Early on in the film, Salerno interviews “fan” Michael Clarkson who, in 1978, went to Salinger’s home in New Hampshire with a note and a burning desire for guidance from his “hero.” After waiting at the bottom of Salinger’s driveway, Clarkson eventually spotted Salinger and his son Matthew coming down, only for Salinger to stop his car, come to Clarkson, and demand to know what he wanted. While Clarkson first seemed heartened by Salinger’s interest, when he finally fesseed up that he wanted to talk about deep things with the author, Salinger balked, telling him that he is just a writer and does not have the answers people want (people who chase him, people who pursue him, people who have no respect for their hero’s wishes, people who seem to feel owed).

In recounting the tale, Clarkson seems wounded, offended, and surprised that Salinger rebuffed him in this way. He is still shocked that someone he so admired would be dismissive of a person showing up on his property, demanding life advice, a kind word, some direction, and continues on, plain-faced, recounting the content of another note he then gave Salinger, one that included the line “you are not as deep, as sentimental as I had hoped.” Get off my lawn.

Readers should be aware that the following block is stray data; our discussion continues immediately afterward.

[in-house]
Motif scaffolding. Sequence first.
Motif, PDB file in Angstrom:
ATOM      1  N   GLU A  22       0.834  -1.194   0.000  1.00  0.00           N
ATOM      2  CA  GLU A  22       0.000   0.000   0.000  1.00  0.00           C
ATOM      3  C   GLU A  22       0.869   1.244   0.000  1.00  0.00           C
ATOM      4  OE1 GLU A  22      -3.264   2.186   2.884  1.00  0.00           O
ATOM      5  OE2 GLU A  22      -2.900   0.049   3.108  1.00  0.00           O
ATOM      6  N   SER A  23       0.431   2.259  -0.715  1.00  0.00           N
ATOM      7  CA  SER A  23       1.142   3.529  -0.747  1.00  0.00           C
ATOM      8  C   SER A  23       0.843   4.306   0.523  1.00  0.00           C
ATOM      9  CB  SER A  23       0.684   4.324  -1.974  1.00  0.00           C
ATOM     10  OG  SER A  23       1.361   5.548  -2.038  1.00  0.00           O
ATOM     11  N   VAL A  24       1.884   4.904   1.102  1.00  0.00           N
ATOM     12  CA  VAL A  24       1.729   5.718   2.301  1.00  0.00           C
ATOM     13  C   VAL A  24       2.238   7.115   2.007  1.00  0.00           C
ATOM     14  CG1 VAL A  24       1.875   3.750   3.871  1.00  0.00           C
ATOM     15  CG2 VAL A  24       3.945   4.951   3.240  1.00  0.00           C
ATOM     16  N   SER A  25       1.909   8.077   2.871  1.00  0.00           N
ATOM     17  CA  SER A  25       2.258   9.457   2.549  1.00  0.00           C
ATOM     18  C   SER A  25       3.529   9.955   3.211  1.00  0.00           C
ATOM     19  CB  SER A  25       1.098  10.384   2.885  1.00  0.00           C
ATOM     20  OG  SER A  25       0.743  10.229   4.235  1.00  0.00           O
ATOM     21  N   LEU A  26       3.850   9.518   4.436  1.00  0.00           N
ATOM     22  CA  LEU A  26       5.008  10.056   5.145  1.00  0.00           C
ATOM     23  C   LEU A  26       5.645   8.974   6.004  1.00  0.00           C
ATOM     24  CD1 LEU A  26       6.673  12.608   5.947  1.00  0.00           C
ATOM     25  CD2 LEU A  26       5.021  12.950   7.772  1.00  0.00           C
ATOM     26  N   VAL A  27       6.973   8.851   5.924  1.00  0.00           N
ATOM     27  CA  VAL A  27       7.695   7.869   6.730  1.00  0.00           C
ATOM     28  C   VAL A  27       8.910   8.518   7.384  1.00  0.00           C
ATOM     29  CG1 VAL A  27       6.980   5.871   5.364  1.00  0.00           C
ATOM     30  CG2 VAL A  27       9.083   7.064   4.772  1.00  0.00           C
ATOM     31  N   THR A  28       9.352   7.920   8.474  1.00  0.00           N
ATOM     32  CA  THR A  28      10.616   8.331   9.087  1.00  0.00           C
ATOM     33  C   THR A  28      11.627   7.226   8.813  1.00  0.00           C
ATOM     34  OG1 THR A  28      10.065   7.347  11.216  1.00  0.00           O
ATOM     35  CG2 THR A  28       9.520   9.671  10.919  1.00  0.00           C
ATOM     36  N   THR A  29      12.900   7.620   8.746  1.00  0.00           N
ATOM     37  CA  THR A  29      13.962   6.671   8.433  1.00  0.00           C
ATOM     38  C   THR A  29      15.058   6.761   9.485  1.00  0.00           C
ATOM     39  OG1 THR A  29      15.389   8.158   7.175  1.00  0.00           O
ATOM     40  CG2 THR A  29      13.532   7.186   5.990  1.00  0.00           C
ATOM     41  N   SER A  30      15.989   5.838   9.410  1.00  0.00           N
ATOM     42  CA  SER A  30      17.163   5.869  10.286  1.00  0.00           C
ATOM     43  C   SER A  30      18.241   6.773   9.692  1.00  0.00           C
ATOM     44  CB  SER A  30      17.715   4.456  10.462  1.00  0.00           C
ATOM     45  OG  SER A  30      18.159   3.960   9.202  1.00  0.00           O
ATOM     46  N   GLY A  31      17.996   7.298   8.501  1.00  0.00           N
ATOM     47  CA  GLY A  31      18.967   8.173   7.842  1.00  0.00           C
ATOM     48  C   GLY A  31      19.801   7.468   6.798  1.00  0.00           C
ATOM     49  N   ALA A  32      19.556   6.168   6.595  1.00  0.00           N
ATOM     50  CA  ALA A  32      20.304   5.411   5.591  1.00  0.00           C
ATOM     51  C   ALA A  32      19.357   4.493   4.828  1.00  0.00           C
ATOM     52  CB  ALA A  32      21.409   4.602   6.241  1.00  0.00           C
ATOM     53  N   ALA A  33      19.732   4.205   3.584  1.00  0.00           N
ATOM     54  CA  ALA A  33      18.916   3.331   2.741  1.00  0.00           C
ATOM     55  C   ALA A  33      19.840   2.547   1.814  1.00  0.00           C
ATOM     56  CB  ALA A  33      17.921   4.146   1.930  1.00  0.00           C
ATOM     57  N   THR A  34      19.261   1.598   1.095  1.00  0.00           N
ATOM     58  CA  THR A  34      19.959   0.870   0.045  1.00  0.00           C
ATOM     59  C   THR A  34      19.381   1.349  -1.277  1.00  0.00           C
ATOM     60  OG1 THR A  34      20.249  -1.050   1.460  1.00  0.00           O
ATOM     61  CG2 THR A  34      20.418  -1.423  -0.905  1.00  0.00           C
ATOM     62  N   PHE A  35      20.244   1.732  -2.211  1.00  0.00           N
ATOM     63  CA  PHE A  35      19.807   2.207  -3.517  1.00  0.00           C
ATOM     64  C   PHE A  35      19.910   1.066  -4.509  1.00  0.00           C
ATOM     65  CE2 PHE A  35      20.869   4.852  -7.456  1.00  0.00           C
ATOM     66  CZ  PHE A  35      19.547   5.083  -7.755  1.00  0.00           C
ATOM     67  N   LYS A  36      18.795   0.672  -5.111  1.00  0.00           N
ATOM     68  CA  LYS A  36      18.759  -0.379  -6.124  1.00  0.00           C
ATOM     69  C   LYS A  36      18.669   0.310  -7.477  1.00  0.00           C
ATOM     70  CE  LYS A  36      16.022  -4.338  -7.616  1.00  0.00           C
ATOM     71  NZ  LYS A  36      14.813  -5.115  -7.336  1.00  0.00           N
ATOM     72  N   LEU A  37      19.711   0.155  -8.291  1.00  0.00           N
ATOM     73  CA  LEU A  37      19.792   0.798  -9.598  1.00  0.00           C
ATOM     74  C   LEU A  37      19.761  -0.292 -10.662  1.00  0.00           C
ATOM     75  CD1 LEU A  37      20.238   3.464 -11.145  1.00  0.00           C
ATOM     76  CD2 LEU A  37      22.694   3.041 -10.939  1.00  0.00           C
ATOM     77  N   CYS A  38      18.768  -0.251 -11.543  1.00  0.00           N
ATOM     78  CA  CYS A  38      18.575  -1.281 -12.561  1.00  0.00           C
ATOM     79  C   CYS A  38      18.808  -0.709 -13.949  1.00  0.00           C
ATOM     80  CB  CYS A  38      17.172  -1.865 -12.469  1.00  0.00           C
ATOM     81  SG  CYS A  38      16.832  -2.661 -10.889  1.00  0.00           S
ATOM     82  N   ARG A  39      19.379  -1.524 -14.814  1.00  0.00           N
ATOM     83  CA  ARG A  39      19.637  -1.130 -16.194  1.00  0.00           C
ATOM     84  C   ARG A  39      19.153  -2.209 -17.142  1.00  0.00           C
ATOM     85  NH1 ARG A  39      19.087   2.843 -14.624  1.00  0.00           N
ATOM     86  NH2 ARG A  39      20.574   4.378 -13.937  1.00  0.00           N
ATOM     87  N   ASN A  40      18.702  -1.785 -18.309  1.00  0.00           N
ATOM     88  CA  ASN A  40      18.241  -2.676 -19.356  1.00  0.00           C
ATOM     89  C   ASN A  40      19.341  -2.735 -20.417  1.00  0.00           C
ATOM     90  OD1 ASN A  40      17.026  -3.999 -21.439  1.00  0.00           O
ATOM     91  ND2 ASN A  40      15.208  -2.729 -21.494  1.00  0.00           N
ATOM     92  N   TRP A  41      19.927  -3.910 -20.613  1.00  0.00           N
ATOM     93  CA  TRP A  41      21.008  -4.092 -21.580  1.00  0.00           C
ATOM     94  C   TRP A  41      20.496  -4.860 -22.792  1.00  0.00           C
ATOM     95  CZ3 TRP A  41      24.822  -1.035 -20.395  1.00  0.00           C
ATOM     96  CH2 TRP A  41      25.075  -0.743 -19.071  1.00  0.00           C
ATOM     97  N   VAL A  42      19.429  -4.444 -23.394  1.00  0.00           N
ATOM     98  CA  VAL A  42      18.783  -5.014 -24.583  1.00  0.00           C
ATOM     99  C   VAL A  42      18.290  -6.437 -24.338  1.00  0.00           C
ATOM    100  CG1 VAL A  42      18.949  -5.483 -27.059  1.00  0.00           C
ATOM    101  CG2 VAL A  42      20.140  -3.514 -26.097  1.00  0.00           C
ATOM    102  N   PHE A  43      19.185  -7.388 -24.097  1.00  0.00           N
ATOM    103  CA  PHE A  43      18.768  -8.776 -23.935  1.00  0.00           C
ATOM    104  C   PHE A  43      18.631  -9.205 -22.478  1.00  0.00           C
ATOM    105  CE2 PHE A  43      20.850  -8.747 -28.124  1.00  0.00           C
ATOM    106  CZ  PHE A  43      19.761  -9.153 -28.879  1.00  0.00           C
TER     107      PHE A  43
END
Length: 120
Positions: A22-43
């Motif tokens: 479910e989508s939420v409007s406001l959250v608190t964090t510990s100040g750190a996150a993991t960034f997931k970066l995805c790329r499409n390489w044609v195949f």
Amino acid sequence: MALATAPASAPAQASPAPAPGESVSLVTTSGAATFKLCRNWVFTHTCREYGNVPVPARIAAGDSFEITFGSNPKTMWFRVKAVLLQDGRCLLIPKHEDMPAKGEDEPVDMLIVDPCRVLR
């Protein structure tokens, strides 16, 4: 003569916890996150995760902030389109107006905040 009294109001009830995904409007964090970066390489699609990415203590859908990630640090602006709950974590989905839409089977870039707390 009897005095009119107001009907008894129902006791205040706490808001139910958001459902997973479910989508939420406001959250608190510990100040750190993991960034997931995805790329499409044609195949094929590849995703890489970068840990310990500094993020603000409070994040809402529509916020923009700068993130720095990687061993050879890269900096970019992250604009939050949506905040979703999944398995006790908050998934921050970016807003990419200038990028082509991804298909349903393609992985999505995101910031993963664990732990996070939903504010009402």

It doesn’t stop there.

A large portion of the last act of the film is dedicated to interviews with author Joyce Maynard, who lived with Salinger when she was just a teen. Their relationship started up after the young writer began to get notice for her own work, which prompted Salinger to begin writing her letters filled with advice and understanding. Maynard revealed their relationship (which had been somewhat known, but which she had promised Salinger to never write about) back in 1998 with the publication of her memoir on the subject, “At Home in the World,” a blockbuster story that she continues to write about and which spawned plenty of other stories about Salinger and his various women (all of them quite young). Even just last month, Maynard penned an opinion piece for The New York Times about Salinger and his relationship with women.